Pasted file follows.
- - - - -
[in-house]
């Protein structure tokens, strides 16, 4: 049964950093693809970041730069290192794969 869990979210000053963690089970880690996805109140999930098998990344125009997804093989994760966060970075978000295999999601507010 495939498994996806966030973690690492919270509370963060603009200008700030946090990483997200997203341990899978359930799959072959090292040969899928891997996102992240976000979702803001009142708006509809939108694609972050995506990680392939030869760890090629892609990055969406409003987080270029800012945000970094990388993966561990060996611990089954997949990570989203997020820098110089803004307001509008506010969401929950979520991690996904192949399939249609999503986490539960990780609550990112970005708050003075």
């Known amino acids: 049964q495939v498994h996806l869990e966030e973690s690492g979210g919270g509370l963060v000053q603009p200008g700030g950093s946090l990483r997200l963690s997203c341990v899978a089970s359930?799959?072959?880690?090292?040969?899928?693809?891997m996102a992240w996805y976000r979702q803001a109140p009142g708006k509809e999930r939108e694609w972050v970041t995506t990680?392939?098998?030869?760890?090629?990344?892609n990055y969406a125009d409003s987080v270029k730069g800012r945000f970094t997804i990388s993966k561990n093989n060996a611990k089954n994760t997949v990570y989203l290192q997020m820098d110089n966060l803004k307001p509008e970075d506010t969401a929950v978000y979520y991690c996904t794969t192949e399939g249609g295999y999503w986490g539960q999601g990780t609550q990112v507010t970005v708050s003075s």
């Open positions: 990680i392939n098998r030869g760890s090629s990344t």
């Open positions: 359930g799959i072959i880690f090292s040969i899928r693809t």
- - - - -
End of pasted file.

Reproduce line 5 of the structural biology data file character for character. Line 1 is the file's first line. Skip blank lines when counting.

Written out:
């Open positions: 359930g799959i072959i880690f090292s040969i899928r693809t």